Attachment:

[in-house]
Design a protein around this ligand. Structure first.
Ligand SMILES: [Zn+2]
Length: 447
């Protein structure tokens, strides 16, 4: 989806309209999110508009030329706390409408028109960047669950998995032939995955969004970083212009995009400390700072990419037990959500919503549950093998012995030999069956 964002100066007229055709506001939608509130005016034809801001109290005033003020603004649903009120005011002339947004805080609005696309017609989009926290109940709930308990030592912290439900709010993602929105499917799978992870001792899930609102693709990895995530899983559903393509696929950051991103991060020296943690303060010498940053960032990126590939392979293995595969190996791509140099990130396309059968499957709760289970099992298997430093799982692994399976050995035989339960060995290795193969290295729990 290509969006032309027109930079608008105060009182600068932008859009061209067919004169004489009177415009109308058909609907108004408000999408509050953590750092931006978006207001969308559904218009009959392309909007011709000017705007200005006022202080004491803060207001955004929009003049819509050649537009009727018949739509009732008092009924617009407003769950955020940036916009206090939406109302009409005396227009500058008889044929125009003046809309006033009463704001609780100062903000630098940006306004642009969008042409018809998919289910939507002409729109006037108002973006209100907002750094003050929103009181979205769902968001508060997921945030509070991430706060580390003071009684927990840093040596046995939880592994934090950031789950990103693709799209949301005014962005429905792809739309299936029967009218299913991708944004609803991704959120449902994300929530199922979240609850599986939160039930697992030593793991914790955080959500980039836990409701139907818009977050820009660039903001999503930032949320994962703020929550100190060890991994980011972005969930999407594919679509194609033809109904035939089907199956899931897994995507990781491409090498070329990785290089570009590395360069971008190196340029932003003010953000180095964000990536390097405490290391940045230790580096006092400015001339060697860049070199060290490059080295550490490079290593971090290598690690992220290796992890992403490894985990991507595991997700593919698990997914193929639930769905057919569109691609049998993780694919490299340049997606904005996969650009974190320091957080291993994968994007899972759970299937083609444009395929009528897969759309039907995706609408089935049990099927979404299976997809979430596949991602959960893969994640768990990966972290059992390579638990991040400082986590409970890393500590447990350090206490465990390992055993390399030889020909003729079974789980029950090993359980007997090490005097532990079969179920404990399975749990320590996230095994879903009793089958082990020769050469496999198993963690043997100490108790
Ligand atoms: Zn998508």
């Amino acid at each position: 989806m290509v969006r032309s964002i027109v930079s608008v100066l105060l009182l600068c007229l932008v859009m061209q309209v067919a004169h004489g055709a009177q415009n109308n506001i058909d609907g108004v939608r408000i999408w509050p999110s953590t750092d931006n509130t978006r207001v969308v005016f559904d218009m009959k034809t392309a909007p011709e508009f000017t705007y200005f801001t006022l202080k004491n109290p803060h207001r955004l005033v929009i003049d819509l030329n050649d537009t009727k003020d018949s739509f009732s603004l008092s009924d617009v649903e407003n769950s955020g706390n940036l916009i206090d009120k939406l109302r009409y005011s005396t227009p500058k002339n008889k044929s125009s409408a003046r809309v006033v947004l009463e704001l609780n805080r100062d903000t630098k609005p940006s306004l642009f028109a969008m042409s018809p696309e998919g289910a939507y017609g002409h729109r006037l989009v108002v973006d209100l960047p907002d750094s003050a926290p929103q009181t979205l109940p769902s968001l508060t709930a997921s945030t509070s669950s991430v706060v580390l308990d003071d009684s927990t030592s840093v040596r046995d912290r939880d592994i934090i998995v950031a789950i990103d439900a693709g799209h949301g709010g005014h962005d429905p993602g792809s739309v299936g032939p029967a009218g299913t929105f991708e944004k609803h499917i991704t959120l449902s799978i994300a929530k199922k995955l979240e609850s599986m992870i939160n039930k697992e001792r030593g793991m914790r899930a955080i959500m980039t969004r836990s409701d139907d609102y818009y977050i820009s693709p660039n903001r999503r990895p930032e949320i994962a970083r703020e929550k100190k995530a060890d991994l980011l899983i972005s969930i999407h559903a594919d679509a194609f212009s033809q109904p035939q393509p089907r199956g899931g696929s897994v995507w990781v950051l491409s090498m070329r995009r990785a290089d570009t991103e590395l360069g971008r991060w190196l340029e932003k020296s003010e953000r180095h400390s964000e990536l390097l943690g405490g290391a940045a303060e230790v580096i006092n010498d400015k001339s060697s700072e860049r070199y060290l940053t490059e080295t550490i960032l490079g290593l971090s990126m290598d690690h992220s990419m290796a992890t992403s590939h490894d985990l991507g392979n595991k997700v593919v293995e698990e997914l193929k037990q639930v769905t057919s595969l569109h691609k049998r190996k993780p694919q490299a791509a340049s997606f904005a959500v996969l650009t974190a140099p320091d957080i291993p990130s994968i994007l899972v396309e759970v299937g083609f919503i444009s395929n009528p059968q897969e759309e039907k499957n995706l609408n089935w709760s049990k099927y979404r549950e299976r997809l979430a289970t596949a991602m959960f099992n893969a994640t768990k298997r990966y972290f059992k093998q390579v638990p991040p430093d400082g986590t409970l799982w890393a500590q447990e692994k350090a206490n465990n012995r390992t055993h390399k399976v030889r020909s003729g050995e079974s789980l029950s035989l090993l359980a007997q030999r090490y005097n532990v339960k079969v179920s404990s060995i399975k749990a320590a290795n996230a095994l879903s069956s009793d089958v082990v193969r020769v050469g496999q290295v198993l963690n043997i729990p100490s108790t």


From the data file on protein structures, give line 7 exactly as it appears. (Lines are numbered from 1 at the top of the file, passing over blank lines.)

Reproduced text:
């Amino acid at each position: 989806m290509v969006r032309s964002i027109v930079s608008v100066l105060l009182l600068c007229l932008v859009m061209q309209v067919a004169h004489g055709a009177q415009n109308n506001i058909d609907g108004v939608r408000i999408w509050p999110s953590t750092d931006n509130t978006r207001v969308v005016f559904d218009m009959k034809t392309a909007p011709e508009f000017t705007y200005f801001t006022l202080k004491n109290p803060h207001r955004l005033v929009i003049d819509l030329n050649d537009t009727k003020d018949s739509f009732s603004l008092s009924d617009v649903e407003n769950s955020g706390n940036l916009i206090d009120k939406l109302r009409y005011s005396t227009p500058k002339n008889k044929s125009s409408a003046r809309v006033v947004l009463e704001l609780n805080r100062d903000t630098k609005p940006s306004l642009f028109a969008m042409s018809p696309e998919g289910a939507y017609g002409h729109r006037l989009v108002v973006d209100l960047p907002d750094s003050a926290p929103q009181t979205l109940p769902s968001l508060t709930a997921s945030t509070s669950s991430v706060v580390l308990d003071d009684s927990t030592s840093v040596r046995d912290r939880d592994i934090i998995v950031a789950i990103d439900a693709g799209h949301g709010g005014h962005d429905p993602g792809s739309v299936g032939p029967a009218g299913t929105f991708e944004k609803h499917i991704t959120l449902s799978i994300a929530k199922k995955l979240e609850s599986m992870i939160n039930k697992e001792r030593g793991m914790r899930a955080i959500m980039t969004r836990s409701d139907d609102y818009y977050i820009s693709p660039n903001r999503r990895p930032e949320i994962a970083r703020e929550k100190k995530a060890d991994l980011l899983i972005s969930i999407h559903a594919d679509a194609f212009s033809q109904p035939q393509p089907r199956g899931g696929s897994v995507w990781v950051l491409s090498m070329r995009r990785a290089d570009t991103e590395l360069g971008r991060w190196l340029e932003k020296s003010e953000r180095h400390s964000e990536l390097l943690g405490g290391a940045a303060e230790v580096i006092n010498d400015k001339s060697s700072e860049r070199y060290l940053t490059e080295t550490i960032l490079g290593l971090s990126m290598d690690h992220s990419m290796a992890t992403s590939h490894d985990l991507g392979n595991k997700v593919v293995e698990e997914l193929k037990q639930v769905t057919s595969l569109h691609k049998r190996k993780p694919q490299a791509a340049s997606f904005a959500v996969l650009t974190a140099p320091d957080i291993p990130s994968i994007l899972v396309e759970v299937g083609f919503i444009s395929n009528p059968q897969e759309e039907k499957n995706l609408n089935w709760s049990k099927y979404r549950e299976r997809l979430a289970t596949a991602m959960f099992n893969a994640t768990k298997r990966y972290f059992k093998q390579v638990p991040p430093d400082g986590t409970l799982w890393a500590q447990e692994k350090a206490n465990n012995r390992t055993h390399k399976v030889r020909s003729g050995e079974s789980l029950s035989l090993l359980a007997q030999r090490y005097n532990v339960k079969v179920s404990s060995i399975k749990a320590a290795n996230a095994l879903s069956s009793d089958v082990v193969r020769v050469g496999q290295v198993l963690n043997i729990p100490s108790t």